Academic journal article ARIEL

Imagining the Canadian Agrarian Landscape: Prairie Settler Life Writing as Colonial Discourse

Academic journal article ARIEL

Imagining the Canadian Agrarian Landscape: Prairie Settler Life Writing as Colonial Discourse

Article excerpt

Abstract: This essay discusses the power of settler life writing to replace Indigenous conceptions of the prairies with colonial visions in southern Alberta. Pioneer memoirs promote myths of the prairie as a fertile utopian environment or a hostile frontier. Both myths are founded on the georgic mode, which Virgil established circa 34 BCE and which emerges in English literature that emphasizes land and labour. By accentuating their social status and the labour they have performed to improve their ranches and farms, pioneer life writers support their claims of entitlement to colonize land.

Keywords: prairie settlers, settler narratives, settlement myths, frontier, agrarian utopia

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To mark the "golden, silver, and diamond jubilees" in Alberta, many pioneers celebrated the success of their homesteading projects by writing their personal histories (Dempsey, "Local" 171). These memoirs include Georgina Thomson's Crocus and Meadowlark Country: Recollections of a Happy Childhood and Youth on a Homestead in Southern Alberta-, Joan Key's The Third Radfords: A Pioneer Adventure-, Monica Hopkins' Letters From a Lady Rancher, and Herbert (Bert) Sheppard's Spitzee Days and fust About Nothing. These texts contribute to a body of work that supports settlers' claims of entitlement to colonized land. Along with these, I also explore a set of diaries composed during the settlement period: the account book diaries of Henry Norman Sheppard, Sr. and the farm logs of two of his sons, Henry Fleetwood Sheppard, Jr. and Bert Sheppard, which cumulatively provide unrevised accounts of the family's ranching experiences between 1907 and 1953. Finally, I examine the letters of Claude Gardiner, written between 1894 and 1896 and published as Letters From an English Rancher. Regardless of their form, these texts represent their authors' daily lives; however, the diaries and letters were written within hours or days of the authors' experiences and convey ideologies prevalent at the time, while the memoirs reflect ideologies of the 1960s and 1970s. Moreover, in recalling their settlement experiences several decades later, the memoirists imbue their accounts with aesthetic and literary dimensions and give meaning to their experiences. As a result, Key, Hopkins, and Thomson promote myths of the prairie as an agrarian utopia, while Bert Sheppard disseminates myths of the prairie as a frontier. Both utopian and frontier myths justify the authors' sense of entitlement to colonized land.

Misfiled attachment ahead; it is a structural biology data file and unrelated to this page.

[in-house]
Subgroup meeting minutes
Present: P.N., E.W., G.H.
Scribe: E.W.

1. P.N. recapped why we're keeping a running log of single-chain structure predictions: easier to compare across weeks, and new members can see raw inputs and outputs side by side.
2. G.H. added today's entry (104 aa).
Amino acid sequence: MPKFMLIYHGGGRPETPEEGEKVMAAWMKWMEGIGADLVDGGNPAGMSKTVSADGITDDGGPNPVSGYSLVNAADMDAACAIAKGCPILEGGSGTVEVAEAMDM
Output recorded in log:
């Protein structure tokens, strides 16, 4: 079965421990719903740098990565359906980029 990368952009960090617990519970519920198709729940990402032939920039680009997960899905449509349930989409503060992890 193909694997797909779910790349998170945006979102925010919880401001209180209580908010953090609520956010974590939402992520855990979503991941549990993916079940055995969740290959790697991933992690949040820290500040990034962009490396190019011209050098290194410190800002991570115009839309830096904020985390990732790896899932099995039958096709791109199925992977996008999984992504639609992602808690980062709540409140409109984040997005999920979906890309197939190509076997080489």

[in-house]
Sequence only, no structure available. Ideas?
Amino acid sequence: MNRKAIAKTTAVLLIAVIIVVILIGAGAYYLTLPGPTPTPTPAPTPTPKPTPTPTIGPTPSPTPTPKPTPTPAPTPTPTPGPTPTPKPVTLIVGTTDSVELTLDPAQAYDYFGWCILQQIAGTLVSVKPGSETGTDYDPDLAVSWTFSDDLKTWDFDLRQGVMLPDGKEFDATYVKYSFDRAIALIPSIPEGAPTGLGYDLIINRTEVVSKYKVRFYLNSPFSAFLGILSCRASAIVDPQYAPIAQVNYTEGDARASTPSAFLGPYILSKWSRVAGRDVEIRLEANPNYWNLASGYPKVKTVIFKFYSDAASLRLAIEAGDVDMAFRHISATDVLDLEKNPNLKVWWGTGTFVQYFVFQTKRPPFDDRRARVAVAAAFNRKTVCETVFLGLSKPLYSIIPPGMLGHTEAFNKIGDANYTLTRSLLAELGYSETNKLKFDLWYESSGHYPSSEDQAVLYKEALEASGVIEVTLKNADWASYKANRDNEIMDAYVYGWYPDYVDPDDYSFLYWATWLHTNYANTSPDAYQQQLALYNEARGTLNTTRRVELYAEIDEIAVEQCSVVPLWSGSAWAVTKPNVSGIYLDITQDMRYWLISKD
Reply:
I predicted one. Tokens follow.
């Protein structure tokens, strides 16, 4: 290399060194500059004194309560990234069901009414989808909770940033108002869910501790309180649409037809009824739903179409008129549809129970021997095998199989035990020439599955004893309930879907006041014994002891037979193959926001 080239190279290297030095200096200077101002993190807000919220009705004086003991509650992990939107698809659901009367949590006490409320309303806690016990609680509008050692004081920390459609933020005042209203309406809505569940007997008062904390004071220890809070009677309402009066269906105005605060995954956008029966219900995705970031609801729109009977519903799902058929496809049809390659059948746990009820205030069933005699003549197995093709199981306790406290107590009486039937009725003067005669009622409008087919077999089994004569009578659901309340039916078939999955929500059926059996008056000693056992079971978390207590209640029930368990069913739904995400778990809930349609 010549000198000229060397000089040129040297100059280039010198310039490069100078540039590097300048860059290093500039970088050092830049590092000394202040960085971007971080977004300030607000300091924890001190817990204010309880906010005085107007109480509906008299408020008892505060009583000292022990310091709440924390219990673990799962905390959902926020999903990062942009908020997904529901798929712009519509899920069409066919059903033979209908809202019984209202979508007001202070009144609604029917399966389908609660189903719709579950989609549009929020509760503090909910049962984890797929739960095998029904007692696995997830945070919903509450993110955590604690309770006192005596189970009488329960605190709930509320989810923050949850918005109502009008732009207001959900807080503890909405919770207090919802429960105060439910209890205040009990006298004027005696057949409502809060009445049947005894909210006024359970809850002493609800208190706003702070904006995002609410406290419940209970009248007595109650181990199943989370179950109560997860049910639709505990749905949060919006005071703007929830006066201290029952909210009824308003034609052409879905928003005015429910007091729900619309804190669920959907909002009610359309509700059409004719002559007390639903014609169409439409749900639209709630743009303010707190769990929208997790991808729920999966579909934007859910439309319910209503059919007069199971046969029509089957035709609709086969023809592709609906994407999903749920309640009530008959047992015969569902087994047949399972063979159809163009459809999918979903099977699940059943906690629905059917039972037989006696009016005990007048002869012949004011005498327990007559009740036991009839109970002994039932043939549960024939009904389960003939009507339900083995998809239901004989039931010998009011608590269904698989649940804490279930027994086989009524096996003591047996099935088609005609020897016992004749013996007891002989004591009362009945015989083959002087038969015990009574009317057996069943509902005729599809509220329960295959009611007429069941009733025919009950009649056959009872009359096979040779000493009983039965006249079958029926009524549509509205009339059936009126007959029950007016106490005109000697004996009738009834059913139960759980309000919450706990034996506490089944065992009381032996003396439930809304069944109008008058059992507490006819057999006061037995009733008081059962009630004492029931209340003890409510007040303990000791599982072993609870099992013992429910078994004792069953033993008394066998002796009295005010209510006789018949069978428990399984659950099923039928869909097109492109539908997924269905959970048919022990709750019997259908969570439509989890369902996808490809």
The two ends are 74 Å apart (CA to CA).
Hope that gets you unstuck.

In the frontier myth, entitlement is a pioneer's reward for overcoming the challenges he or she faced in settling in a rugged and even hostile environment. Thus, Bert Sheppard writes about his success with emphasis on the labour he and his family members performed to carve out their lives on the frontier. In the utopian myth, entitlement is bestowed on refined Anglo-Canadian settlers who established lives of plenitude, prosperity, and gentility. To imply a sense of entitlement, Hopkins and Key frequently accentuate their social status. Key and Thomson, who both arrived in Alberta as children, narrativize their experiences as progressing toward a utopian horizon and, imagining they achieved a state of gracious living at some point in their respective pasts, conclude their memoirs with a nostalgic yearning for those golden years. Frontier and utopian themes often blend or shift in predominance within one text. At times, the memoirists portray their successes as triumphs over adversity by exaggerating the dangers and adding suspense to their narratives, pretending they cannot foresee the outcome of potentially tragic situations regardless of the fact that they have lived through the events they depict. At other times, they emphasize plenitude by embellishing their narratives with flowery descriptions of the environment that surrounded their farms or ranches. Often, especially when they fail to cultivate a genteel mode of existence on the prairies, they humorously describe their foibles to downplay their ineptitude and their discomforts. …

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